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PARK CITY — Every now and then a performance comes along that takes Sundance by storm. This year, it’s Carey Mulligan’s star-making turn as a 16-year-old schoolgirl who falls under the spell an older man in early ’60s London in “An Education.”
Topped by a fine cast, a first-rate script by Nick Hornby and tight direction by Lone Scherfig, the film is a smart, moving but not inaccessible entry in the coming-of-age canon. Sony Pictures Classics scooped up the picture after a heated bidding war and should do well with its investment.
Scherfig and her team — production designer Andrew McAlpine and costume designer Odile Dicks-Mireaux — do a convincing job creating a repressed London still reeling from the war and not yet exploding with the counterculture. It’s a period when a seismic shift is just starting to stir.
It’s a fearful, drab world, and no one is more bored with it than Jenny (Mulligan), a straight-A student (except for Latin) at a stuffy all-girls school. She’s a bright kid with a yearning for culture and all things French. Her ambition is to wear black, smoke cigarettes, read books and try anything new. Enter David (Peter Sarsgaard), a knight in a shining sports car who gives her an education she wasn’t expecting.
Their meeting in the pouring rain on a London street is one of the cutest of meet-cutes. A music lover, David tells her to put the cello she’s carrying into his car to keep it dry and walk alongside since she surely wouldn’t take a ride with a strange man. Who could resist? Certainly not this curious, impressionable girl.
The biggest obstacle to their budding relationship is Jenny’s father, Jack (the wonderful Alfred Molina), a strict but loving middle-class parent who remembers the hard times of the war years and only wants the best for his daughter. That means Oxford, and he makes sure, in his sometimes overbearing way, that Jenny has the right extra curricular activities to get in.
Danny is not one of those activities, but he sweet-talks Jack into allowing him to take Jenny to a concert in the West End, which to Jack seems like an exotic place. One thing leads to another, and before long David is taking Jenny off to Oxford for the weekend, which in Jack’s distorted vision will be an asset to furthering her education.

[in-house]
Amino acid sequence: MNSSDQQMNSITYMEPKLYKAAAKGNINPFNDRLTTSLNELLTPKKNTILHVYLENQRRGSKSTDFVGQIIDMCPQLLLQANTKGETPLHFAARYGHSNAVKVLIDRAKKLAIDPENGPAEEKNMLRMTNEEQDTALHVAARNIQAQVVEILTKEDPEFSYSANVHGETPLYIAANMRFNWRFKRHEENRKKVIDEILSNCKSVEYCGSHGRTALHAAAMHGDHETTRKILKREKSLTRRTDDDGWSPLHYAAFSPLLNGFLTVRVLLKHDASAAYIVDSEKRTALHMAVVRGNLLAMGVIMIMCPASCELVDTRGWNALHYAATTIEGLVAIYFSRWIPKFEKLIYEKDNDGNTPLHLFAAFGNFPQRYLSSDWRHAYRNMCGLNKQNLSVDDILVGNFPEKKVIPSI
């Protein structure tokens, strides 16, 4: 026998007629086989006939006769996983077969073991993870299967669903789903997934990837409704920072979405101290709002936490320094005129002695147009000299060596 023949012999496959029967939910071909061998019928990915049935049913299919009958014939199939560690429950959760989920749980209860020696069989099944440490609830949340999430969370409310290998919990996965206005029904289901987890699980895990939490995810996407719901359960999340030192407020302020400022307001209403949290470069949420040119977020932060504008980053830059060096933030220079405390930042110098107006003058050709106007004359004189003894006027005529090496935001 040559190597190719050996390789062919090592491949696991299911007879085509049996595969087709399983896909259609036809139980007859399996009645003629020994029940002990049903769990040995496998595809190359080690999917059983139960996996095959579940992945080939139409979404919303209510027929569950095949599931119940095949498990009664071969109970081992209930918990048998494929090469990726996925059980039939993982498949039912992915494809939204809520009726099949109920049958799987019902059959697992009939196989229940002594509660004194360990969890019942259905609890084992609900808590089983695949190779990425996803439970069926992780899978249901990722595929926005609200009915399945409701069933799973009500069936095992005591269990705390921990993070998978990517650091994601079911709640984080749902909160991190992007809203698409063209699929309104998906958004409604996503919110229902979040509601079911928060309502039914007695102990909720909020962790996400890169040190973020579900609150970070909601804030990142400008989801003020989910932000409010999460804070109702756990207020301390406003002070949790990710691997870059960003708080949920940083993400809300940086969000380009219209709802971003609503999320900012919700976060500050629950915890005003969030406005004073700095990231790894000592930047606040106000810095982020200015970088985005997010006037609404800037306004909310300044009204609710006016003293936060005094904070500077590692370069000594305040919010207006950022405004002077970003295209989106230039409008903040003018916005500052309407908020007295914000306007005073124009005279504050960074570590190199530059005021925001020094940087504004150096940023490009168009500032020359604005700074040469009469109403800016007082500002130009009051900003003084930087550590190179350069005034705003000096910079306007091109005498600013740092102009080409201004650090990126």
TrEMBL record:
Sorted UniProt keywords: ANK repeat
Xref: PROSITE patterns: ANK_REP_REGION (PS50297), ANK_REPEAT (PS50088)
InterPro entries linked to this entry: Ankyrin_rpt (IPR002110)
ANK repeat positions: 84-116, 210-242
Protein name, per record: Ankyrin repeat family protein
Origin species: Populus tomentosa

The education she is getting has more to do with sultry singers in jazz clubs, fine food and a heretofore unknown world of expensive things. For his part, David is sweet: He’s not an ogre, and he respects Jenny’s wishes to remain a virgin until she’s 17, which is just around the corner. Hornby’s script keeps up the character’s mystery, and Scherfig wisely doesn’t push it. Eventually, what he’s up to is revealed, and it’s not on the up and up.
But Jenny is smitten and turns 17 in Paris, her dream come true. At that age, a child doesn’t have the judgment to see what’s happening, and that’s where parents should step in, but Jack and his wife (Cara Seymour) are blinded by the upward mobility the noveau riche David represents for the family.
Jenny doesn’t understand the subtle class warfare at work here; all she sees is a way out of her dreary life, but perhaps one that threatens her future. Mulligan captures every nuance of the character with an understated charm reminiscent of Audrey Hepburn. Her transformation from an English schoolgirl in a gray uniform to a lovely young and desirable woman is nothing short of miraculous.
But without Sarsgaard’s restrained and morally ambiguous performance, Mulligan would not be able to shine as brightly. Dominic Cooper is suitably smarmy as Danny, David’s best friend and partner in crime, and Rosamund Pike as his party girl girlfriend is a perfect new role model for Jenny. What makes “An Education” a special piece of work are the social forces going on beneath the surface that inform these all-too-human characters.
Distributor: Sony Pictures Classics
Production companies: BBC Films, Endgame Entertainment
Cast: Peter Sarsgaard, Carey Mulligan, Alfred Molina, Dominic Cooper, Rosamund Pike, Olivia Williams, Emma Thompson, Cara Seymour
Director: Lone Scherfig
Writer: Nick Hornby
Based on a memoir by: Lynn Barber
Producers: Finola Dwyer, Amanda Posey
Executive producers: David M. Thompson, Jamie Laurenson, Nick Hornby, James D. Stern, Douglas E. Hansen, Wendy Japhet
Director of photography: John de Borman
Production designer: Andrew McAlpine
Music: Paul Englishby
Costume designer: Odile Dicks-Mireaux
Editor: Barney Pilling
Sales: Odyssey Entertainment
No rating, 95 minutes
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